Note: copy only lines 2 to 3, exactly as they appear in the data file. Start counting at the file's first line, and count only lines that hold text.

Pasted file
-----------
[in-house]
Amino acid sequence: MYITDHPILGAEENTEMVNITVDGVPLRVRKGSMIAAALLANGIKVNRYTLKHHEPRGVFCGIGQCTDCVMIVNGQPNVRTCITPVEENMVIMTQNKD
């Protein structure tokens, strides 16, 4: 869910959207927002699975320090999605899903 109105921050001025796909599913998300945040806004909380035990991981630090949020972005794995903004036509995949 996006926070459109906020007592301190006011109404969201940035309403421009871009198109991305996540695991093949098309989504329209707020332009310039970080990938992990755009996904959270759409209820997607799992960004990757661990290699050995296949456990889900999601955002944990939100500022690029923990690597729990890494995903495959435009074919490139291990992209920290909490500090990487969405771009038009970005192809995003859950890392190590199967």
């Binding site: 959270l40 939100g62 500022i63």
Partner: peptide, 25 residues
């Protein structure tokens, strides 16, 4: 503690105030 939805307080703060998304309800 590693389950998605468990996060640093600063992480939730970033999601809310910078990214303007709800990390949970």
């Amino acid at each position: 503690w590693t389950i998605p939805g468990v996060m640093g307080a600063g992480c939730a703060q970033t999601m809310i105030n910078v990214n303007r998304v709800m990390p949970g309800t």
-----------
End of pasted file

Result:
Amino acid sequence: MYITDHPILGAEENTEMVNITVDGVPLRVRKGSMIAAALLANGIKVNRYTLKHHEPRGVFCGIGQCTDCVMIVNGQPNVRTCITPVEENMVIMTQNKD
């Protein structure tokens, strides 16, 4: 869910959207927002699975320090999605899903 109105921050001025796909599913998300945040806004909380035990991981630090949020972005794995903004036509995949 996006926070459109906020007592301190006011109404969201940035309403421009871009198109991305996540695991093949098309989504329209707020332009310039970080990938992990755009996904959270759409209820997607799992960004990757661990290699050995296949456990889900999601955002944990939100500022690029923990690597729990890494995903495959435009074919490139291990992209920290909490500090990487969405771009038009970005192809995003859950890392190590199967």